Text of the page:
Jack and Bob were to make the attempt at the rescue of Mr. Hampton alone. They were to fly to the Calomares ranch in the airplane with Bob at the wheel, as Jack was not so experienced a flyer. Bob, on the other hand, knew his machine thoroughly, and was familiar with its every trick, a knowledge much to be desired as airplanes even more than motor cars and ships develop temperament and have got to be “humored,” so to speak.
Frank rebelled at the part assigned him. He was to stay behind at the cave with Tom Bodine and Roy Stone, guarding the prisoners, Morales and Von Arnheim. When they had rescued Mr. Hampton, Jack and Bob would take him in the airplane and start flying to the Hampton ranch.
By means of the radio in the airplane, which could send 150 to 200 miles, although it could receive messages from a much greater distance, the Hamptons and Bob would notify the party left behind in the cave. Then Frank, Tom Bodine and Stone would ride for the border on horseback. Morales and Von Arnheim would be left bound so as to prevent their giving an alarm or offering any interference with the programme. After the party had been given time to make its way well along toward the border, rebel headquarters was to be notified by radio from the Hampton ranch of the location of the prisoners. The latter would, therefore, suffer nothing but inconvenience.
“But what fun do I get out of this?” lamented Frank, enviously regarding Bob and Jack. “You fellows get all the fun and all the glory. I ride tamely back to the ranch.”
“It is hard luck, Frank,” said Bob. “But your shoulder is sore and aching from your fight last night, and I’m in better condition to operate the plane. Besides, you know we can’t take you, as the plane will hold only three and when we get Mr. Hampton we’ll have our full complement. Some one of us has to stay behind. You’ve had your share of the fun so far, anyhow, and your turn will come again.”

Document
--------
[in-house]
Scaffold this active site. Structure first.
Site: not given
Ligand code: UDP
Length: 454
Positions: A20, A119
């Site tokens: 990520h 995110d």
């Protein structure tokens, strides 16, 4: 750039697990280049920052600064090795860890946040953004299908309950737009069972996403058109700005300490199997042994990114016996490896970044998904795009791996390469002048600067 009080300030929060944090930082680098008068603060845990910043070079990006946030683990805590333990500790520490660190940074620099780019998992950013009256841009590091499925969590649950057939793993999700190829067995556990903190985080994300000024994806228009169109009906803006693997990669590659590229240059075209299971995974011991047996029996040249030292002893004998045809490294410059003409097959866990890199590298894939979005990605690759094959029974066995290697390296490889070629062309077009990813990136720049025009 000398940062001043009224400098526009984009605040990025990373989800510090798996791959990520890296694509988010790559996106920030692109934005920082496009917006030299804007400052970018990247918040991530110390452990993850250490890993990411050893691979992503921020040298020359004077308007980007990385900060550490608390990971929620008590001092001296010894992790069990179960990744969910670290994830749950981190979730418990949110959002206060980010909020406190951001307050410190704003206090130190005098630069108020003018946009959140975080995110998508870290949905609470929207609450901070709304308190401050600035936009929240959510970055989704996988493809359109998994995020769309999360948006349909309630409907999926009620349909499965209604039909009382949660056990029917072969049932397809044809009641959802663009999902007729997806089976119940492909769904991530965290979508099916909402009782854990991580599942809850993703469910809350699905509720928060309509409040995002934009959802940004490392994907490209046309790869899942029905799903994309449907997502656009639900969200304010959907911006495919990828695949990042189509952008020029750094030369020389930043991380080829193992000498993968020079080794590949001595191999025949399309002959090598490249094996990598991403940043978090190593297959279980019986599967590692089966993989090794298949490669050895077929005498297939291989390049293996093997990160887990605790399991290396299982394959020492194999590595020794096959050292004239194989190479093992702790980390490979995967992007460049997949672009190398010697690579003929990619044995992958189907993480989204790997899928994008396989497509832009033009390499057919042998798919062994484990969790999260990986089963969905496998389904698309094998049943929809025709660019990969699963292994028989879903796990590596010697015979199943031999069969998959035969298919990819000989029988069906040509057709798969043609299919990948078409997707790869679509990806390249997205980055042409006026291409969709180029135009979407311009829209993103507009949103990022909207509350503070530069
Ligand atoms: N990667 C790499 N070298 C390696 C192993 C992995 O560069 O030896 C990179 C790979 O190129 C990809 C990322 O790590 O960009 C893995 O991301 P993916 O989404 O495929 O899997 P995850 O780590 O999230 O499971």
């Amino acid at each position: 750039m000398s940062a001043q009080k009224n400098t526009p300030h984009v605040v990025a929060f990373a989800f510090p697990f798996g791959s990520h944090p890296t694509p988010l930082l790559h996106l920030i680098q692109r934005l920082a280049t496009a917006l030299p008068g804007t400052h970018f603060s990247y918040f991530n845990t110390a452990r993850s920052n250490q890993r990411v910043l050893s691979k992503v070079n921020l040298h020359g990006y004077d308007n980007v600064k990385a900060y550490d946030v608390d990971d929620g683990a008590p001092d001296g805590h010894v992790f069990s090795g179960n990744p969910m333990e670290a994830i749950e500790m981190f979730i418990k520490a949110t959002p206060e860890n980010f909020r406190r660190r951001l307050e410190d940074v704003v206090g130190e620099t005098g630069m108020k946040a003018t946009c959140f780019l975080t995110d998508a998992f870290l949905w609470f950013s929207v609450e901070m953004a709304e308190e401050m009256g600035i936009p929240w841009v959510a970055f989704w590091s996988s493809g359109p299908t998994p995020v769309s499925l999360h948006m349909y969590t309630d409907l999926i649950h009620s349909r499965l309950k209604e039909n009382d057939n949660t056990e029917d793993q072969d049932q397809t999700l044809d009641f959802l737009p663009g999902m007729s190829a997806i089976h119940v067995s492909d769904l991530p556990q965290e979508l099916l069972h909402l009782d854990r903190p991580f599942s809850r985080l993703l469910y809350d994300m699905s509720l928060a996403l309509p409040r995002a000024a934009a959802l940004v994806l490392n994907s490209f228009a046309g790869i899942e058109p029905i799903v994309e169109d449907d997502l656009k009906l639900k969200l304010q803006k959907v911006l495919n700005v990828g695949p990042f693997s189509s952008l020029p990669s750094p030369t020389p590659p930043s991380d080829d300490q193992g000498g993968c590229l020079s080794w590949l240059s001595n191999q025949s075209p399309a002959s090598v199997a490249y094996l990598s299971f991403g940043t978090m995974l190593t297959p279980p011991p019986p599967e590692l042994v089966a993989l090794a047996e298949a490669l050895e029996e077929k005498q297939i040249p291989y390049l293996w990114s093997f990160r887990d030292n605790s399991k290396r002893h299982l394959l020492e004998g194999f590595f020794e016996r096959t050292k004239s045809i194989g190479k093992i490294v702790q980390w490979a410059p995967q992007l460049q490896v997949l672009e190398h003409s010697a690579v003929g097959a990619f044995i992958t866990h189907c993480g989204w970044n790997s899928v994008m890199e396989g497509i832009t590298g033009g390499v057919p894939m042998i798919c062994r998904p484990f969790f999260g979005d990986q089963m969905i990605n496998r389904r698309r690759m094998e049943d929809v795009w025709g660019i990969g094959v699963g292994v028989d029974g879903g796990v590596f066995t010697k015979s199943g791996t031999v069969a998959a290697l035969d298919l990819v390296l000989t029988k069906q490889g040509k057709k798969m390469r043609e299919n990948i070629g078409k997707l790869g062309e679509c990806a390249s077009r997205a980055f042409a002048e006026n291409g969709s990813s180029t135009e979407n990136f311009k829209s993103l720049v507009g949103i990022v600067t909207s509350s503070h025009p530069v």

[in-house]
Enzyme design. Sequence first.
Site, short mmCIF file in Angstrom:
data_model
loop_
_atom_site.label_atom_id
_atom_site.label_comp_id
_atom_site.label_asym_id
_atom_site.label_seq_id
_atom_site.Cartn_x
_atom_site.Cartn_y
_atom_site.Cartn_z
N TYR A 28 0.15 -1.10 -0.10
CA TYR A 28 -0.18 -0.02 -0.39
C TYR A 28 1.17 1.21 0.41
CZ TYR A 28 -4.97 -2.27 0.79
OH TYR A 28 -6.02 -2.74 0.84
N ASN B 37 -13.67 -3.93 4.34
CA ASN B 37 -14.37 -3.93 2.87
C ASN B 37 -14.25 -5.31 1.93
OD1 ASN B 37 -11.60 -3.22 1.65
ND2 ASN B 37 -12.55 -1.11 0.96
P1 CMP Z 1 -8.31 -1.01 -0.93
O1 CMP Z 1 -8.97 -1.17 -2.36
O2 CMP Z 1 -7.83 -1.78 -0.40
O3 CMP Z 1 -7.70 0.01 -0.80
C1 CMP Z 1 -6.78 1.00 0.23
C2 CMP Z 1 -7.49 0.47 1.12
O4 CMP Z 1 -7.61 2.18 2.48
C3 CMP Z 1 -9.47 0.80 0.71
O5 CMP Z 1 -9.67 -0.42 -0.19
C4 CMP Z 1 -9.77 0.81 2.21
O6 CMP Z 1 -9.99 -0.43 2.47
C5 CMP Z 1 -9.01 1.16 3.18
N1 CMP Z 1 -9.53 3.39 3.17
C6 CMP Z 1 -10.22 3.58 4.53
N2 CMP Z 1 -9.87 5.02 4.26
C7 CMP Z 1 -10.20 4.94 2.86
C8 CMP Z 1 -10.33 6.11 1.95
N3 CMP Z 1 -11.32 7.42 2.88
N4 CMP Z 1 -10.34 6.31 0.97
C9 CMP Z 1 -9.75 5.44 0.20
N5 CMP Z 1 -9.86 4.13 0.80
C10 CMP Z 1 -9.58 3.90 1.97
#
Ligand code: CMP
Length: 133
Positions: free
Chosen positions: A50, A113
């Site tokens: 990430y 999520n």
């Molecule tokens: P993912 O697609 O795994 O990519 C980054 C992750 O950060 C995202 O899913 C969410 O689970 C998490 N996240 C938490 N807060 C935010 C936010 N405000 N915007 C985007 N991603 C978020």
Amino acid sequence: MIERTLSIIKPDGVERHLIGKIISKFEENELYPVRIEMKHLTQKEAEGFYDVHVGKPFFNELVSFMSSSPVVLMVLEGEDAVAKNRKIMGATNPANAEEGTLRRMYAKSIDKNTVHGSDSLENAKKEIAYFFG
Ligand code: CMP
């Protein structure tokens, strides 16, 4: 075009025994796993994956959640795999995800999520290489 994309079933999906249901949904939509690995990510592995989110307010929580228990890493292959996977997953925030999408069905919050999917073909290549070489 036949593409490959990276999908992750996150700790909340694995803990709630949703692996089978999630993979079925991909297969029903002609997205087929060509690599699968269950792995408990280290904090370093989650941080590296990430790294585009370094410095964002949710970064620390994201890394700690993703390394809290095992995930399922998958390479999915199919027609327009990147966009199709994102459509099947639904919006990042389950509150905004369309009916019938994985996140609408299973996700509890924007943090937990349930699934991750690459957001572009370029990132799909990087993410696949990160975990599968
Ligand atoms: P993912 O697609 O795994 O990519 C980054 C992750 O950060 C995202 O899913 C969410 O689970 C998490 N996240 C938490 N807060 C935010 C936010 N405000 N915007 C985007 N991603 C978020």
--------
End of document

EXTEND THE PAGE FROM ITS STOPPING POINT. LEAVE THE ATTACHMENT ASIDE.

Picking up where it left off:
“I don’t see it,” said Frank. “It looks to me as if when you rescue Mr. Hampton the fun will all be over. But that’s the way with you big bullies. Always picking on the little fellow.”
“Well, you see,” said Bob mischievously, “I’ve got to keep you out of danger for Della’s sake. Ouch! Wow! Letup. Can’t you take a joke.”
For, lame shoulder notwithstanding, Frank leaped and, bowling the big fellow out of his chair, got astride of his writhing body and began to pummel him.
FLYING TO THE RESCUE
“Come on. Strip.”
It was Bob talking, and the command was addressed to Morales and Von Arnheim. Tom Bodine stood guard over them with leveled revolver.
“But, why?” protested Von Arnheim.
“Ask us no questions an’ we’ll tell you no lies,” said Tom, waving his weapon. “Jest do what you’re tole.”
Sullenly the two men obeyed. When their outer clothing had been removed, and they stood revealed in light-weight undergarments—a well set-up powerful pair of men, about the height of Jack and Bob although neither was so sturdy as the latter—Bob halted them.